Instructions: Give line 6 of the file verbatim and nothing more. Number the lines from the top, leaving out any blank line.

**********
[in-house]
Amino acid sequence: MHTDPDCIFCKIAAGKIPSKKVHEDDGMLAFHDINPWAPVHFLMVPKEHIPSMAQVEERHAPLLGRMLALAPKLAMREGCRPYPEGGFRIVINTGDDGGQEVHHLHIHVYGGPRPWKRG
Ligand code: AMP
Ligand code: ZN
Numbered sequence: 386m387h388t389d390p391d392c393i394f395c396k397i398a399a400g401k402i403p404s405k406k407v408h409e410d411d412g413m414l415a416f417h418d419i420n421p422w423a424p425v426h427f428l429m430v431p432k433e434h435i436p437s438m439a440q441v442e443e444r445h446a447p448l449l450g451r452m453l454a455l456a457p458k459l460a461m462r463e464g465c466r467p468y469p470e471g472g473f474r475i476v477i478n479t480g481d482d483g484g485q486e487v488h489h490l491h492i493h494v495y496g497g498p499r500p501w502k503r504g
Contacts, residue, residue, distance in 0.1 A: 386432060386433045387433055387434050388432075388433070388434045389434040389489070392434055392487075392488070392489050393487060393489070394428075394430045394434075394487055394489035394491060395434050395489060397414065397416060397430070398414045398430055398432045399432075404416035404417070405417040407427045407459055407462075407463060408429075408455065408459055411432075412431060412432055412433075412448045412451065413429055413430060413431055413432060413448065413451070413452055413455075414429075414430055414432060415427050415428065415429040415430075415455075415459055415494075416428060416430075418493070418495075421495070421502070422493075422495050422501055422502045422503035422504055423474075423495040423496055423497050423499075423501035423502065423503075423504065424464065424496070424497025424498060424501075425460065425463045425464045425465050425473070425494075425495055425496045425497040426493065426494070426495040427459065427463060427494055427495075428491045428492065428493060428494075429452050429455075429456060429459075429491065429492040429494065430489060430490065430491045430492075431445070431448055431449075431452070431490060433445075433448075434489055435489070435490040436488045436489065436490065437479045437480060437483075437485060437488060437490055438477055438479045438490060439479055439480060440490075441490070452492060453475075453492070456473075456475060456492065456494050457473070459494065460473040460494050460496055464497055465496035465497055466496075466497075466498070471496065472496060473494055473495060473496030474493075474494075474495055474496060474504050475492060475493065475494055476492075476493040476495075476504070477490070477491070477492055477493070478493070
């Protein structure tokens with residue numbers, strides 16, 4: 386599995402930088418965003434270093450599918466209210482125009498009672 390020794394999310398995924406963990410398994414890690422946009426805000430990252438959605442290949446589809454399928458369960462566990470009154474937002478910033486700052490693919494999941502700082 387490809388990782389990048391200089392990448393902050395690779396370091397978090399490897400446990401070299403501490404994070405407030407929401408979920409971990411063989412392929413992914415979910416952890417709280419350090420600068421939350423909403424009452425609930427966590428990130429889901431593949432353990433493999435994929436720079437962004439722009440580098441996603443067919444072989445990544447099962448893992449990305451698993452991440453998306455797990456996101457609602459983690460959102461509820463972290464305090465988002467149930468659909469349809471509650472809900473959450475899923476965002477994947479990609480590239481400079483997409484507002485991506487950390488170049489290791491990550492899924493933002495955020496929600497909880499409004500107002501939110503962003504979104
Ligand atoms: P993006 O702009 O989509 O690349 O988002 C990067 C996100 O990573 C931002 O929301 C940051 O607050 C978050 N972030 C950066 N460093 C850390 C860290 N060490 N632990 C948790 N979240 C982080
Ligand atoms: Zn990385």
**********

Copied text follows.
Contacts, residue, residue, distance in 0.1 A: 386432060386433045387433055387434050388432075388433070388434045389434040389489070392434055392487075392488070392489050393487060393489070394428075394430045394434075394487055394489035394491060395434050395489060397414065397416060397430070398414045398430055398432045399432075404416035404417070405417040407427045407459055407462075407463060408429075408455065408459055411432075412431060412432055412433075412448045412451065413429055413430060413431055413432060413448065413451070413452055413455075414429075414430055414432060415427050415428065415429040415430075415455075415459055415494075416428060416430075418493070418495075421495070421502070422493075422495050422501055422502045422503035422504055423474075423495040423496055423497050423499075423501035423502065423503075423504065424464065424496070424497025424498060424501075425460065425463045425464045425465050425473070425494075425495055425496045425497040426493065426494070426495040427459065427463060427494055427495075428491045428492065428493060428494075429452050429455075429456060429459075429491065429492040429494065430489060430490065430491045430492075431445070431448055431449075431452070431490060433445075433448075434489055435489070435490040436488045436489065436490065437479045437480060437483075437485060437488060437490055438477055438479045438490060439479055439480060440490075441490070452492060453475075453492070456473075456475060456492065456494050457473070459494065460473040460494050460496055464497055465496035465497055466496075466497075466498070471496065472496060473494055473495060473496030474493075474494075474495055474496060474504050475492060475493065475494055476492075476493040476495075476504070477490070477491070477492055477493070478493070